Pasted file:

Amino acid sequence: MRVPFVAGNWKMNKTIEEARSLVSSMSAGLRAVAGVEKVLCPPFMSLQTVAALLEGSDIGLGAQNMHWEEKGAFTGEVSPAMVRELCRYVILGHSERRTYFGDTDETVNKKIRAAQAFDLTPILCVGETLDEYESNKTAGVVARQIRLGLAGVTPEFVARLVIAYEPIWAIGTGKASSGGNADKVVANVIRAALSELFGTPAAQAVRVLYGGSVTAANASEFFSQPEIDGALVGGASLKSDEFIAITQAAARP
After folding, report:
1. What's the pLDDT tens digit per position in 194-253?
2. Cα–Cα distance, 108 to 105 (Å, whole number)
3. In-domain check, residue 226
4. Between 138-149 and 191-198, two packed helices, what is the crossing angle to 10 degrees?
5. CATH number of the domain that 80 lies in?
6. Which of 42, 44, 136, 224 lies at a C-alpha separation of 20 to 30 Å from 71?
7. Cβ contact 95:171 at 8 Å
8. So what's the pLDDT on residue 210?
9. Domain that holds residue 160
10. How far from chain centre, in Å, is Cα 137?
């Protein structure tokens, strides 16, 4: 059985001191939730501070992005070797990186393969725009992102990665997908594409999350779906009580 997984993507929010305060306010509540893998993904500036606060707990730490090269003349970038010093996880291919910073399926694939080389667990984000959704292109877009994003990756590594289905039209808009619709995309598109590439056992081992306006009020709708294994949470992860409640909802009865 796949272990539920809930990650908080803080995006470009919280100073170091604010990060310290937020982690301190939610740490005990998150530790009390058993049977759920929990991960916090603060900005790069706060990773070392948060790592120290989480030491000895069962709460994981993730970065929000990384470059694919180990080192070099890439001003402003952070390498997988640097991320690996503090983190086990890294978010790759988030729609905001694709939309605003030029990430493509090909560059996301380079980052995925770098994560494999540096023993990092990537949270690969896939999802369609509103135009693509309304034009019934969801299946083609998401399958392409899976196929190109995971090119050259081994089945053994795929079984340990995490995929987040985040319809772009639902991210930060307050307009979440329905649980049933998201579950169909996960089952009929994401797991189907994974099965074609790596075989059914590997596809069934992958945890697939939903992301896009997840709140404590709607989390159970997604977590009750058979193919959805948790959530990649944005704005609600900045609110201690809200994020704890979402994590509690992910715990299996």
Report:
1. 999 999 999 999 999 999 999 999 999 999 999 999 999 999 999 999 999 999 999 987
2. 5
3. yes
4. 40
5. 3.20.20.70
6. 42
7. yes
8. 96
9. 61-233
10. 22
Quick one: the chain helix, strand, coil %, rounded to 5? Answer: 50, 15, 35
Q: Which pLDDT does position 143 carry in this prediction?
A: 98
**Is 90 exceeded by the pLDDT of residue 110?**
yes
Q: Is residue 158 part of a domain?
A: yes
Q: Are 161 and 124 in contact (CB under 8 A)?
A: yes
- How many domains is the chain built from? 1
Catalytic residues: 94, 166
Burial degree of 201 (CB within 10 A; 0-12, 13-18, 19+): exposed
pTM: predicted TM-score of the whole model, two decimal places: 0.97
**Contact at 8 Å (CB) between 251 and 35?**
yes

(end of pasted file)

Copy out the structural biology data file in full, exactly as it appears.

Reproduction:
Amino acid sequence: MRVPFVAGNWKMNKTIEEARSLVSSMSAGLRAVAGVEKVLCPPFMSLQTVAALLEGSDIGLGAQNMHWEEKGAFTGEVSPAMVRELCRYVILGHSERRTYFGDTDETVNKKIRAAQAFDLTPILCVGETLDEYESNKTAGVVARQIRLGLAGVTPEFVARLVIAYEPIWAIGTGKASSGGNADKVVANVIRAALSELFGTPAAQAVRVLYGGSVTAANASEFFSQPEIDGALVGGASLKSDEFIAITQAAARP
After folding, report:
1. What's the pLDDT tens digit per position in 194-253?
2. Cα–Cα distance, 108 to 105 (Å, whole number)
3. In-domain check, residue 226
4. Between 138-149 and 191-198, two packed helices, what is the crossing angle to 10 degrees?
5. CATH number of the domain that 80 lies in?
6. Which of 42, 44, 136, 224 lies at a C-alpha separation of 20 to 30 Å from 71?
7. Cβ contact 95:171 at 8 Å
8. So what's the pLDDT on residue 210?
9. Domain that holds residue 160
10. How far from chain centre, in Å, is Cα 137?
């Protein structure tokens, strides 16, 4: 059985001191939730501070992005070797990186393969725009992102990665997908594409999350779906009580 997984993507929010305060306010509540893998993904500036606060707990730490090269003349970038010093996880291919910073399926694939080389667990984000959704292109877009994003990756590594289905039209808009619709995309598109590439056992081992306006009020709708294994949470992860409640909802009865 796949272990539920809930990650908080803080995006470009919280100073170091604010990060310290937020982690301190939610740490005990998150530790009390058993049977759920929990991960916090603060900005790069706060990773070392948060790592120290989480030491000895069962709460994981993730970065929000990384470059694919180990080192070099890439001003402003952070390498997988640097991320690996503090983190086990890294978010790759988030729609905001694709939309605003030029990430493509090909560059996301380079980052995925770098994560494999540096023993990092990537949270690969896939999802369609509103135009693509309304034009019934969801299946083609998401399958392409899976196929190109995971090119050259081994089945053994795929079984340990995490995929987040985040319809772009639902991210930060307050307009979440329905649980049933998201579950169909996960089952009929994401797991189907994974099965074609790596075989059914590997596809069934992958945890697939939903992301896009997840709140404590709607989390159970997604977590009750058979193919959805948790959530990649944005704005609600900045609110201690809200994020704890979402994590509690992910715990299996």
Report:
1. 999 999 999 999 999 999 999 999 999 999 999 999 999 999 999 999 999 999 999 987
2. 5
3. yes
4. 40
5. 3.20.20.70
6. 42
7. yes
8. 96
9. 61-233
10. 22
Quick one: the chain helix, strand, coil %, rounded to 5? Answer: 50, 15, 35
Q: Which pLDDT does position 143 carry in this prediction?
A: 98
**Is 90 exceeded by the pLDDT of residue 110?**
yes
Q: Is residue 158 part of a domain?
A: yes
Q: Are 161 and 124 in contact (CB under 8 A)?
A: yes
- How many domains is the chain built from? 1
Catalytic residues: 94, 166
Burial degree of 201 (CB within 10 A; 0-12, 13-18, 19+): exposed
pTM: predicted TM-score of the whole model, two decimal places: 0.97
**Contact at 8 Å (CB) between 251 and 35?**
yes